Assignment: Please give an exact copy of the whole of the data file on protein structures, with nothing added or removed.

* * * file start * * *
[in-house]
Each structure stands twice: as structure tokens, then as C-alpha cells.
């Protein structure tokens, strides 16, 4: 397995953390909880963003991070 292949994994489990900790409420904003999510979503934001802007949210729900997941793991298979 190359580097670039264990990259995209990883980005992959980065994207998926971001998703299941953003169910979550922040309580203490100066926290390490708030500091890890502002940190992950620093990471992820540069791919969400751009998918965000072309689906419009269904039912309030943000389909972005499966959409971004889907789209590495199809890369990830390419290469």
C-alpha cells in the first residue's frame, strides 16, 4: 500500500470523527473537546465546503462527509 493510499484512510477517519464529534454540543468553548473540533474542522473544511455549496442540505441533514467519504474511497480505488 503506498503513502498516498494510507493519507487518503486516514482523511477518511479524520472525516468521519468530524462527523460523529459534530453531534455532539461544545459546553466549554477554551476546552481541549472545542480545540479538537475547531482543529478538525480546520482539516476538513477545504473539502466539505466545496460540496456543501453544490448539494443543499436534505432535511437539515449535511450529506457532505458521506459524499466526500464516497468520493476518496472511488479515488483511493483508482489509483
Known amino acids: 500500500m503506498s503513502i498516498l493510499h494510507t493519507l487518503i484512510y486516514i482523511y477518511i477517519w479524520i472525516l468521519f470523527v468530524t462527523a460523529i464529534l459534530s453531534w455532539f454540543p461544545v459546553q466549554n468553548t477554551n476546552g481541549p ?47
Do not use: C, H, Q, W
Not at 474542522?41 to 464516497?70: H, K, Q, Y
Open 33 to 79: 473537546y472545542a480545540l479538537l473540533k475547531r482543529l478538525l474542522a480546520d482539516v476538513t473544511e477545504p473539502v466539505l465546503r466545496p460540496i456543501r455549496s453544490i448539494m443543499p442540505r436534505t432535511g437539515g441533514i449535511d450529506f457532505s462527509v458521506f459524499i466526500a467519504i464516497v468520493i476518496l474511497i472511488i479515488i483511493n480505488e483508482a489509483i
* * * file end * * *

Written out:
[in-house]
Each structure stands twice: as structure tokens, then as C-alpha cells.
């Protein structure tokens, strides 16, 4: 397995953390909880963003991070 292949994994489990900790409420904003999510979503934001802007949210729900997941793991298979 190359580097670039264990990259995209990883980005992959980065994207998926971001998703299941953003169910979550922040309580203490100066926290390490708030500091890890502002940190992950620093990471992820540069791919969400751009998918965000072309689906419009269904039912309030943000389909972005499966959409971004889907789209590495199809890369990830390419290469």
C-alpha cells in the first residue's frame, strides 16, 4: 500500500470523527473537546465546503462527509 493510499484512510477517519464529534454540543468553548473540533474542522473544511455549496442540505441533514467519504474511497480505488 503506498503513502498516498494510507493519507487518503486516514482523511477518511479524520472525516468521519468530524462527523460523529459534530453531534455532539461544545459546553466549554477554551476546552481541549472545542480545540479538537475547531482543529478538525480546520482539516476538513477545504473539502466539505466545496460540496456543501453544490448539494443543499436534505432535511437539515449535511450529506457532505458521506459524499466526500464516497468520493476518496472511488479515488483511493483508482489509483
Known amino acids: 500500500m503506498s503513502i498516498l493510499h494510507t493519507l487518503i484512510y486516514i482523511y477518511i477517519w479524520i472525516l468521519f470523527v468530524t462527523a460523529i464529534l459534530s453531534w455532539f454540543p461544545v459546553q466549554n468553548t477554551n476546552g481541549p ?47
Do not use: C, H, Q, W
Not at 474542522?41 to 464516497?70: H, K, Q, Y
Open 33 to 79: 473537546y472545542a480545540l479538537l473540533k475547531r482543529l478538525l474542522a480546520d482539516v476538513t473544511e477545504p473539502v466539505l465546503r466545496p460540496i456543501r455549496s453544490i448539494m443543499p442540505r436534505t432535511g437539515g441533514i449535511d450529506f457532505s462527509v458521506f459524499i466526500a467519504i464516497v468520493i476518496l474511497i472511488i479515488i483511493n480505488e483508482a489509483i